Joined
Mar 11, 2012
Messages
1,058
Location
Melbourne - Australia
Thanks, Richard!



I and am sure others would appreciate you clarifying that in the thread where you've already been so helpful: https://www.nikoncafe.com/threads/sensor-size-and-focus-stacking-lots-about-focus-stacking.320241/ I'm especially intrigued by your comment about that method working depending on what we're going to use the focus bracketing for.
I did put some info in this post in that thread

As some of the subjects I photograph are moist and in darkish conditions, e.g. fungi, being able to manual focus is important. Therefore selecting manual focus on the camera, Olympus, and Fuji allow this, likewise you can select it in CamRanger, ensures the camera is not changing the focus point I have selected.
From my experience using various cameras, Fuji, and Olympus bodies allow you to set MF in the body (you cannot disable the focus on the lens, it won't work if you do) and still do focus bracketing. Very important, IMO, when you have a difficult subject for the camera to focus on. Focus bracketing is not focusing as such, it is purely adjusting the focus motors based on the step size. CamRanger works in a similar way, however, CamRanger doesn't have the same control of the focus motors as the camera manufacturer does. Nonetheless it works well in the field. I have the original CamRanger and it works exceptionally well with the StackShot focus rail.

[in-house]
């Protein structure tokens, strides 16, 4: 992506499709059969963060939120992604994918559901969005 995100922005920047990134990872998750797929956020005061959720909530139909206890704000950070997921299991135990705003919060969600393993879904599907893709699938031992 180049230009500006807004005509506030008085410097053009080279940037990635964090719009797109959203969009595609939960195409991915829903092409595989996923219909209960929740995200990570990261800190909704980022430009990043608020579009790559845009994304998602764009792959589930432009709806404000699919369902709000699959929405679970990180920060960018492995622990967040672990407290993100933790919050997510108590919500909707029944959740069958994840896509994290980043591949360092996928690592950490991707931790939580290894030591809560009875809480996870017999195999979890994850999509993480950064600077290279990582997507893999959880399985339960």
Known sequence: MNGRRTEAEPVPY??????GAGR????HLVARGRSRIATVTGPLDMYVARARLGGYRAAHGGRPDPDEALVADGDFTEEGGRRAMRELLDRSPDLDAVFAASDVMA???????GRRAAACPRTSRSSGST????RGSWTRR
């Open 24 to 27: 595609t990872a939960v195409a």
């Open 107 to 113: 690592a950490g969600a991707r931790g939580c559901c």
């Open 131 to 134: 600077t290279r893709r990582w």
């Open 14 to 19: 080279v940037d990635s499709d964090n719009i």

Joined
Jul 14, 2008
Messages
2,887
Location
UK
Having read Richard's explanation about Manual focusing I would like to point out that you do not have to switch from Auto Focus to Manual on a Z6 to manually focus on the nearest point. While still in Auto Focus Mode you can manually override this and when you are happy you can start the focus shift procedure from the Menu.

DG
 

Latest posts

Links on this page may be to our affiliates. Sales through affiliate links may benefit this site.
Nikon Cafe is a fan site and not associated with Nikon Corporation.
Forum post reactions by Twemoji: https://github.com/twitter/twemoji
Copyright © 2005-2019 Amin Forums, LLC
Top Bottom